That means final regulatory approval is far from guaranteed. Of the 794 Breakthrough Device and EAP designations awarded since 2015, only 67 have been approved for commercial use. That’s roughly the same approval rate that any novel medical device can expect.
Together, that means T2 Biosystems’ Breakthrough Device designations are not particularly notable. Its T2Lyme Panel, which received the fast-track designation in July 2022, was one of 10 separate winners of the LymeX Diagnostics Prize.
3. Shares Outstanding: The Next Mullen?
Finally, T2 Biosystems has a share dilution problem. On July 3, the company entered into a convertible stock deal with CRG Partners. In exchange for $10 million in debt cancellation, T2’s management gave the financing firm 48.3 million shares of common stock and another 93.3 million of convertible stock equivalent.
It’s one of the most dilutive share issuances in recent memory. By giving away 141.6 million shares of new stock at a 7-cent-per-share valuation, T2 Biosystems increased its share count by around 550% for a sum that would barely cover three months of operating expenses. A similar process caused Mullen Automotive (NASDAQ:MULN) to see its share count rise over 4,500% since 2021.
That’s what makes convertible fundraising also known as “death spiral” financing. Companies with significant convertible stock outstanding become less attractive to other institutional investors, since every new deal increases share dilution risk. That means the issuing company needs to offer more generous terms to attract new investors, which dilutes existing shareholders even further, and so on. It’s a vicious cycle that can quickly get out of hand. Firms like Mullen now routinely offer 185% “bonus shares” to existing institutional investors during capital raises. And T2’s management will quickly find themselves in the same situation once cash runs short again.
What’s TTOO Stock Worth?
T2 Biosystems laid off 30% of its workforce in May as Covid-19-era revenues and BARDA funding dried up and the company sought to preserve cash. At the end of Q2 the firm only had $16.1 million cash left on hand, and had just burned through $12.9 million the previous quarter.
At the time, management believed they could restructure or sell their way out of the problem.
“In an effort to maximize value, we have engaged an advisory firm to explore all potential strategic alternatives. In addition, to preserve capital, decrease quarterly cash usage and position the Company to explore strategic alternatives, we have simultaneously implemented a restructuring program.”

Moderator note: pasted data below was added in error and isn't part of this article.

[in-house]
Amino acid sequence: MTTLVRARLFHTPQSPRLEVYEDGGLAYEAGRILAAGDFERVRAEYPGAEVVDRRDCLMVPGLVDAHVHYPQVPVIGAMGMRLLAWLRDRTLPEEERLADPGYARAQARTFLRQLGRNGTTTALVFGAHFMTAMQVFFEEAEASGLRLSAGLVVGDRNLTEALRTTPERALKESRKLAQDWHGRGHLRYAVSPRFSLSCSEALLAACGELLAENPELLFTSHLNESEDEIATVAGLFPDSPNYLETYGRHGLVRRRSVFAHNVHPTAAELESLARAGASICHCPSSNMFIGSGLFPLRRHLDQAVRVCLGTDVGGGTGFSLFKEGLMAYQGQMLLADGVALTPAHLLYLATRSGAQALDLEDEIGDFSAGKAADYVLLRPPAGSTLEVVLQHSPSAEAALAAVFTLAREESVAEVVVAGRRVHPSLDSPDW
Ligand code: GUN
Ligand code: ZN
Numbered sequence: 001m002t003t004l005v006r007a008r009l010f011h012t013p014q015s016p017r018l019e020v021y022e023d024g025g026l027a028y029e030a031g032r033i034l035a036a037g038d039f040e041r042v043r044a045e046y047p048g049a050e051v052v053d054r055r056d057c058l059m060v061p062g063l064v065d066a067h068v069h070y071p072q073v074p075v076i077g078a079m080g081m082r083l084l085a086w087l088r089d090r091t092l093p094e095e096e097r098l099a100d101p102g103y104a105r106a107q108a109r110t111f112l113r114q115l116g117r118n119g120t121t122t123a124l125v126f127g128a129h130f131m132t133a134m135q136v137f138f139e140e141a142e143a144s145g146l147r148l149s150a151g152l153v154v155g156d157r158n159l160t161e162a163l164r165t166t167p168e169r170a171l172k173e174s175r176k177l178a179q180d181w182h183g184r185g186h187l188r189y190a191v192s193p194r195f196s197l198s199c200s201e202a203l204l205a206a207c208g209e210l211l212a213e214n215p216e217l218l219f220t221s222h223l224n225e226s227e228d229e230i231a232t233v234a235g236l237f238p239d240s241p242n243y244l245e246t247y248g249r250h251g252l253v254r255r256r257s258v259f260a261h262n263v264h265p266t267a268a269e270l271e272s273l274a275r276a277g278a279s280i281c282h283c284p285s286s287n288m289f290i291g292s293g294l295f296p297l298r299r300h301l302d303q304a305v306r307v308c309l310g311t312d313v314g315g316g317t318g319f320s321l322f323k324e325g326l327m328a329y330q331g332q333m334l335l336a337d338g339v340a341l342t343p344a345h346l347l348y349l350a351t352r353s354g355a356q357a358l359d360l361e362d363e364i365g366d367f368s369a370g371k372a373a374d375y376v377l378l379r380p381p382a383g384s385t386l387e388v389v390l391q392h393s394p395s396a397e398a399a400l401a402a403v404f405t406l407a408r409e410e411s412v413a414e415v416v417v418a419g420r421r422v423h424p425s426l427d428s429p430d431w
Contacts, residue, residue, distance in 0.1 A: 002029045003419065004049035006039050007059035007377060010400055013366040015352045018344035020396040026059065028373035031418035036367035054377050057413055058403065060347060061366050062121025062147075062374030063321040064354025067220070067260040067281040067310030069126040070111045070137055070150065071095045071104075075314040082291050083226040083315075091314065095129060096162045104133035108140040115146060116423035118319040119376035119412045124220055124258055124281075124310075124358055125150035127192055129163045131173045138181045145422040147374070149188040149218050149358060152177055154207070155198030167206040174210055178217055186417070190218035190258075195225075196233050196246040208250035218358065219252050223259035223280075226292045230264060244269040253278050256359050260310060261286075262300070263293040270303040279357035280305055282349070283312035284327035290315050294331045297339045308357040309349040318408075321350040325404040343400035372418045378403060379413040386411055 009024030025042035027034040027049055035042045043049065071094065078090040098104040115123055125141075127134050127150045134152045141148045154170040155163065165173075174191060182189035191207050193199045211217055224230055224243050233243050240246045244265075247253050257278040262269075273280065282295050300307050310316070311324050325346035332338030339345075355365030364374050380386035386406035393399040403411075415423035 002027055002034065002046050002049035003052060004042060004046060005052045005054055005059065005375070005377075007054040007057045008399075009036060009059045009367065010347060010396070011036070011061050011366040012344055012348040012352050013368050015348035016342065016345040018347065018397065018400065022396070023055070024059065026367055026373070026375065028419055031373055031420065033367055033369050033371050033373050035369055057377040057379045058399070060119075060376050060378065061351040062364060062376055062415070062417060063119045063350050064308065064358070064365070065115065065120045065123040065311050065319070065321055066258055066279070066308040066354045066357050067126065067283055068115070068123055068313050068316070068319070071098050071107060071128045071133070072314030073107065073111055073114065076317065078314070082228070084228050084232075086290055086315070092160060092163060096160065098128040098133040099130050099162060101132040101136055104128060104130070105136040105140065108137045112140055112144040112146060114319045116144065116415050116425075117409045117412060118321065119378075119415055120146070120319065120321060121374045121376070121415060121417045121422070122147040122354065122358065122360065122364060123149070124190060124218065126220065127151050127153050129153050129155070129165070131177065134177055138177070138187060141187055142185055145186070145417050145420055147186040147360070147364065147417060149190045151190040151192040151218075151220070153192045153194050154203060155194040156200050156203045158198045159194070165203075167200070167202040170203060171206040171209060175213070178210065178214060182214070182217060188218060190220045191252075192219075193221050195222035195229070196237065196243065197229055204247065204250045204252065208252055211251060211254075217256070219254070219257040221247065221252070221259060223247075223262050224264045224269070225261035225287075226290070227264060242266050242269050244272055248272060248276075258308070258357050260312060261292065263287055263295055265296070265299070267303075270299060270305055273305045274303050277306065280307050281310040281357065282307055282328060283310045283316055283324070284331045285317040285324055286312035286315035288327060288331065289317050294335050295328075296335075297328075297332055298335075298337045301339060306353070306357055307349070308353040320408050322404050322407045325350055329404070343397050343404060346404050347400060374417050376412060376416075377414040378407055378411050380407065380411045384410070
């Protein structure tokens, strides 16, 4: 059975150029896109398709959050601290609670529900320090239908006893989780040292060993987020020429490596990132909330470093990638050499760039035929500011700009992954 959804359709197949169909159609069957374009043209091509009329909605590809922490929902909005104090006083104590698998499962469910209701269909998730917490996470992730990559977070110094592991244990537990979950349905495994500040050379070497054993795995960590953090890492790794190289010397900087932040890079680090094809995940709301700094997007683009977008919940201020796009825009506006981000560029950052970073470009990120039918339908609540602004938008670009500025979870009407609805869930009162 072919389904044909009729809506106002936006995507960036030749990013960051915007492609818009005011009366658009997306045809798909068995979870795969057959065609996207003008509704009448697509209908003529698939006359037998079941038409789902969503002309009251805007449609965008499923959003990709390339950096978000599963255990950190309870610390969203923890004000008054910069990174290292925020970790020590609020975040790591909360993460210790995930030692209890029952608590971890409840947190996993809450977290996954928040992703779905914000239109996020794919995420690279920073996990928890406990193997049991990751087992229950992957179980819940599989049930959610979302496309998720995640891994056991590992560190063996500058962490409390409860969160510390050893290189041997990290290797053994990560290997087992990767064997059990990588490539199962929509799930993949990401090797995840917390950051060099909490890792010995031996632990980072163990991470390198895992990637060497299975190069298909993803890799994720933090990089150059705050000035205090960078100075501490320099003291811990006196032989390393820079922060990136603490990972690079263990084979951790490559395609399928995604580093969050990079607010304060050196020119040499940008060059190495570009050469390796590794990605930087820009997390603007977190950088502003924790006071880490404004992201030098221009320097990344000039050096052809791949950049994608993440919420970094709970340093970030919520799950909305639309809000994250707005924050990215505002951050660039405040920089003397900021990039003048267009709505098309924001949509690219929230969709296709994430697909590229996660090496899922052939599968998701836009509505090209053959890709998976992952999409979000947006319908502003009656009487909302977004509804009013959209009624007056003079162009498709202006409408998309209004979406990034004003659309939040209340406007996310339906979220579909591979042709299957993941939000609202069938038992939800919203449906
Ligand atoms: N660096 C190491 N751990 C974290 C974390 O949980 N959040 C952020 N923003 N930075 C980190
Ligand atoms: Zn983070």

But the following three months have shown that T2 Biosystems may be in deeper trouble. On Monday, the firm announced that revenues declined 67% due to a reduction in BARDA contribution. The company’s recent share price decline to 7 cents also showed that no competitor found T2 an attractive acquisition, even as its market capitalization bordered on zero. (Including debts, the company was worth $60 million in July, based on a share price of 18 cents and outstanding shares of 333,580,010).
In a sense, investors shouldn’t be surprised. T2 Biosystems is up against much better-funded competitors and has an accumulated deficit of $558.5 million. The company also may have too little cash; one study shows that the average medical device costs $54 million to develop — more than 3X the amount of money T2 had as of Q2. Even if the firm manages to successfully develop these devices for much less, its limited cash could make it an uphill battle to scale production without a significant capital infusion.
But meme investors could do plenty of mayhem in the meantime. In a world where zero-revenue meme stocks can become worth $700 million, all it takes is a little momentum for short sellers to lose everything.
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As of this writing, Tom Yeung did not hold (either directly or indirectly) any positions in the securities mentioned in this article. The opinions expressed in this article are those of the writer, subject to the InvestorPlace.com Publishing Guidelines.